Trieste Film Festival threatened with loss of main festival venue


    The Trieste Film Festival (www.triestefilmfestival.it) closed on a negative note as the festival's artistic director Annamaria Percavassi announced that the festival's main venue, the Excelsior Cinema, would close its doors permanently shortly after the end of the festival.

    The central Trieste cinema has been home to the festival for most of its 20 years of existence and while Percavassi vowed that the festival would be back for a 21st edition in 2010 she added that she did not yet know where the screenings would be held.

    The closure of the older generation of cinemas has been a common problem faced by festivals in recent years as large city centre venues are replaced by mall based multi-plexes. Vienna Film Festival faced the same problem a decade ago but the festival administration managed to put together a deal for the festival organization to take of the venue and operate it year round.

    But not all festivals are so lucky and the continued closure of older city centre cinemas, much loved by art house and festival audiences, poses a real threat to many local festivals. Without state subsidies single screen cinemas are often not financially viable and governmental bodies have been slow to recognize these cinemas as part of their countries' cultural heritage.

    Despite the announcement of the closure of the Excelsior the 20th edition of Italy's only event dedicated to the cinema of Central and Eastern Europe was a resounding success selling more tickets and attracting a larger audience then in previous years and screening 150 films in eight days from January 15-22.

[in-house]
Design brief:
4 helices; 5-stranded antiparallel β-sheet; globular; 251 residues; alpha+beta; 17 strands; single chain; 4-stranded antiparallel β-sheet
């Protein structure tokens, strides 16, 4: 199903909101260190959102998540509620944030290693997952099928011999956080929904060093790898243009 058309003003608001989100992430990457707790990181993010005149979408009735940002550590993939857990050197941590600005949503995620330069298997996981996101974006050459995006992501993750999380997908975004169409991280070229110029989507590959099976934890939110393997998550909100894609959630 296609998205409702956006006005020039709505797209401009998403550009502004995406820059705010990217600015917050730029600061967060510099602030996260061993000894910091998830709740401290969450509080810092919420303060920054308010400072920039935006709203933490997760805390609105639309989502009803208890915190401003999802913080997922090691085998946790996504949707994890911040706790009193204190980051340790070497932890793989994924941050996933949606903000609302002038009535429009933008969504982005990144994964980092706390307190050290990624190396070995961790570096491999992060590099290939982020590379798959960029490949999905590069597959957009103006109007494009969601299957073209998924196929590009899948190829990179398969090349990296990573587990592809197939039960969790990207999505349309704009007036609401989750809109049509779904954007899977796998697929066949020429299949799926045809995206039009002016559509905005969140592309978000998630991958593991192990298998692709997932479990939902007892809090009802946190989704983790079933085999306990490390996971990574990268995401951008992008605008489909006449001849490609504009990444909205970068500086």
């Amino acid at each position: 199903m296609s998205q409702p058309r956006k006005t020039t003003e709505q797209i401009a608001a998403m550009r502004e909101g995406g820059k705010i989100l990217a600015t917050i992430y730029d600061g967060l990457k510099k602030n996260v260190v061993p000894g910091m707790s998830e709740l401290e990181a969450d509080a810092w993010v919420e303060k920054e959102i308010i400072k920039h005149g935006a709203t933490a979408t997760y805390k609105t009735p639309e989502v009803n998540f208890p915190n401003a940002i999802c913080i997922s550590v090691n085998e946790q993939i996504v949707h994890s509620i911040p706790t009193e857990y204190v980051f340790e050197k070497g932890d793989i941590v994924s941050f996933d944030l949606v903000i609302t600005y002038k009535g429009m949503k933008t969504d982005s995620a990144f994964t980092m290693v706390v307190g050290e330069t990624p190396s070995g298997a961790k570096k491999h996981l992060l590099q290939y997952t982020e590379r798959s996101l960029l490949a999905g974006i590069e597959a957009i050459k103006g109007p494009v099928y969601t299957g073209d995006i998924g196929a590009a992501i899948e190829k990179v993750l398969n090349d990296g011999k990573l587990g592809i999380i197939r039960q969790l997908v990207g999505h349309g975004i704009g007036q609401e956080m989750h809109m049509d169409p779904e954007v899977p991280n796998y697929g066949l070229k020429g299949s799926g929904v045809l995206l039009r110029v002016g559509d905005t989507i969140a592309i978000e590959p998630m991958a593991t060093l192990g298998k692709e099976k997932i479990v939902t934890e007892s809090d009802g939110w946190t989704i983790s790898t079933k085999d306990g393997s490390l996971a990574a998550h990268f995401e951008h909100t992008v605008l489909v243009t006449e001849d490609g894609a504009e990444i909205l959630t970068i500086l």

The Trieste Film Festival is the first festival of the 2009 to kick off what looks like a crowded round of festivals celebrating the 20th anniversary of the fall of the Berlin Wall. Trieste marked the anniversary with a special evening of films and documentaries dedicated the fall of the Wall-- the first of many such evenings and retrospectives festival audiences will undoubtedly see this year.

    The festival, helmed by Percavassi, has consistently presented one of the most comprehensive and intelligently curated showcases of the best in Central and Eastern European cinema. The event also increasingly brings CEI filmmakers together to cut new coproduction deals and share experiences. Noticeable among those chatting up future potential partners were Andras Muhi who heads Budapest based Inforg Film (www.inforgstudio.hu) and is one of Hungary's most active CEI coproducers. Another producer present was Sofia based Stefan Kitanov who has recently scored a festival hit with Director Stephan Komandarev's The World is Big and Salvation Lies Just Around the Corner. The film was partly shot in Trieste and closed the festival.

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